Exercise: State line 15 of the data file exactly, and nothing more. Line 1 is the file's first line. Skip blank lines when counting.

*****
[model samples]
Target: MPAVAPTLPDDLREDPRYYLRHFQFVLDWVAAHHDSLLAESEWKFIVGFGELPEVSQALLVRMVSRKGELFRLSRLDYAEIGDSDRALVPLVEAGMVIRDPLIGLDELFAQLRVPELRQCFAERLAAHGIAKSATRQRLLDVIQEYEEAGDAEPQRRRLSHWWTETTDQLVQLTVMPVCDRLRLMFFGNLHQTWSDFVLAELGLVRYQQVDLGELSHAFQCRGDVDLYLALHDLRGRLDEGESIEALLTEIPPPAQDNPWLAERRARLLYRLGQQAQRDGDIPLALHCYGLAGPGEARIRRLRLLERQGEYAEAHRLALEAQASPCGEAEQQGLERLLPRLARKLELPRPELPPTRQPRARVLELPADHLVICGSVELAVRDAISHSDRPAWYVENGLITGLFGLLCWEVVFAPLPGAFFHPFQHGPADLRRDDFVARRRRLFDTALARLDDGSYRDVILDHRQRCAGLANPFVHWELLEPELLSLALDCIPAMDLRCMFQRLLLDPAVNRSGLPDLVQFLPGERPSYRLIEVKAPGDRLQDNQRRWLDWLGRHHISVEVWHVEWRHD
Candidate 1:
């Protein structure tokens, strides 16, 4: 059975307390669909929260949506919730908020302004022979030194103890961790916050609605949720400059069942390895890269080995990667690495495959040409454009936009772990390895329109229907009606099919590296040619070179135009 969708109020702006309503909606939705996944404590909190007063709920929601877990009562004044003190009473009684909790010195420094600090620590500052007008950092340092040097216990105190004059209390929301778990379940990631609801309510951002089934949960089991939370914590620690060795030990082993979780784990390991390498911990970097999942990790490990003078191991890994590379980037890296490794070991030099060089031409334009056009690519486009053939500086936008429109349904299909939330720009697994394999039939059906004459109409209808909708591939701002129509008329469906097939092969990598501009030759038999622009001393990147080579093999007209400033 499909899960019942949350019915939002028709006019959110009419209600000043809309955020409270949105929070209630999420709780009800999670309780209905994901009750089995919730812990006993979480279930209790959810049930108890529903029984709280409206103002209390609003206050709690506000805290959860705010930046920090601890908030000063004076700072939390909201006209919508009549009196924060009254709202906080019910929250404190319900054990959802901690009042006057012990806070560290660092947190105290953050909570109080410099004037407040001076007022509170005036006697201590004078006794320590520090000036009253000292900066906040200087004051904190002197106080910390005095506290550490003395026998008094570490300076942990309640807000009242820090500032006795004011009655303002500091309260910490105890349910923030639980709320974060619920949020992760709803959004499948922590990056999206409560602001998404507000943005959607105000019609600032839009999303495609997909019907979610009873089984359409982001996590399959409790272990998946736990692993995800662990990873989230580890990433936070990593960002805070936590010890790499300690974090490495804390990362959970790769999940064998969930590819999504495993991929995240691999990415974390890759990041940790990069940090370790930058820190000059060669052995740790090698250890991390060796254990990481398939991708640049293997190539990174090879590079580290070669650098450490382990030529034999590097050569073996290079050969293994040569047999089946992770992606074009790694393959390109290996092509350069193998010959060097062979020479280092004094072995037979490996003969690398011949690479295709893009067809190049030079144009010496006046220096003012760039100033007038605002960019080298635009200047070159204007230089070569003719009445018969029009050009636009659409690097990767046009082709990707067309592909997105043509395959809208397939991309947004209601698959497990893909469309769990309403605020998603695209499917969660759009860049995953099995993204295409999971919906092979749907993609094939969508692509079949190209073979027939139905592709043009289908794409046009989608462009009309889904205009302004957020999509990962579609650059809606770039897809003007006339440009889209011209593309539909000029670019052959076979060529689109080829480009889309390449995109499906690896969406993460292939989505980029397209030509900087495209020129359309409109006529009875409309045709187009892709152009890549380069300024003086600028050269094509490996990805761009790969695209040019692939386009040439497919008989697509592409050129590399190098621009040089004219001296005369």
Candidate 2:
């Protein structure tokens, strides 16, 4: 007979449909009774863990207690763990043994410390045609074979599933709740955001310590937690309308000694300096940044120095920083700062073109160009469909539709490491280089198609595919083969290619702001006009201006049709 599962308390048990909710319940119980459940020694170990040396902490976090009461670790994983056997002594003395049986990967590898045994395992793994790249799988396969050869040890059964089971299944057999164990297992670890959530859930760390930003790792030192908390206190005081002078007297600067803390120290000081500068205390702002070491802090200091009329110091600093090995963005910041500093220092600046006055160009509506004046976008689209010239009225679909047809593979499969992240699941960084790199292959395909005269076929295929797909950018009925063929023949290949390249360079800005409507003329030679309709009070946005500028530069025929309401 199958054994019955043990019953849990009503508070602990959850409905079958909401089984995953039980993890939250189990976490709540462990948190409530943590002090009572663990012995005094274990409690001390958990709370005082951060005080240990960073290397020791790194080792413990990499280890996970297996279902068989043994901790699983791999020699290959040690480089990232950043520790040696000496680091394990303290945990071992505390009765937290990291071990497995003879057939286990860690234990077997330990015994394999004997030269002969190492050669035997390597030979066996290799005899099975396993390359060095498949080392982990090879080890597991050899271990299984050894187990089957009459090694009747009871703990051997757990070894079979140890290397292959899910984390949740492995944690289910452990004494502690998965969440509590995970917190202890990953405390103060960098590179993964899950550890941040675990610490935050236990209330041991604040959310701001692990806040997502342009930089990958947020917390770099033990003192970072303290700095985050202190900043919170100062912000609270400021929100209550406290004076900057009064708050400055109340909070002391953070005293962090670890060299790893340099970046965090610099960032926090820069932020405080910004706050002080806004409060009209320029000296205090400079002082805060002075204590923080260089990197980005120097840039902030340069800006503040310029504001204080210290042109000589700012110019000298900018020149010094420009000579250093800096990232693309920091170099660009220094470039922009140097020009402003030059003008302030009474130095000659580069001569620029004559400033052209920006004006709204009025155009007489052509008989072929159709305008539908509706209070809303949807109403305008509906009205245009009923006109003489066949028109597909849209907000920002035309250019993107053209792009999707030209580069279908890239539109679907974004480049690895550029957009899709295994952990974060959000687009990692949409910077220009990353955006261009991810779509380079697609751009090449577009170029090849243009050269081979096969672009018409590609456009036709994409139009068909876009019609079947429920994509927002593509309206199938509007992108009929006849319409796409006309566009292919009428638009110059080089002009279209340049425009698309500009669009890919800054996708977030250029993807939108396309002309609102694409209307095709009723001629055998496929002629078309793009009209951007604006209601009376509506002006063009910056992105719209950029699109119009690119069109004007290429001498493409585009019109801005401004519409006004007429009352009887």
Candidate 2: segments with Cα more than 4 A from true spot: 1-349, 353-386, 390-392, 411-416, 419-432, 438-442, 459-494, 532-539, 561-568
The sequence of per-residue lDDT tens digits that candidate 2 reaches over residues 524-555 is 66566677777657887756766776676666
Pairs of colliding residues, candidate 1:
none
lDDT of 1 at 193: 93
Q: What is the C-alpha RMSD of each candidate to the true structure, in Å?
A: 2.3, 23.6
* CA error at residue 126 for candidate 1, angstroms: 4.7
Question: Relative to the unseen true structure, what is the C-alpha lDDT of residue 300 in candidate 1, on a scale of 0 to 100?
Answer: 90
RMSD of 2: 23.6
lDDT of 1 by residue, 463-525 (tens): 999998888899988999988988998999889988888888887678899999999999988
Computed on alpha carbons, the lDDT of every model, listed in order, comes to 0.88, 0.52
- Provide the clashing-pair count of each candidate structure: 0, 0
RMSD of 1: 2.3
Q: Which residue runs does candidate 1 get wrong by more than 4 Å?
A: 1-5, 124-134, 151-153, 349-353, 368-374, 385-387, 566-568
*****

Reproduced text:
Question: Relative to the unseen true structure, what is the C-alpha lDDT of residue 300 in candidate 1, on a scale of 0 to 100?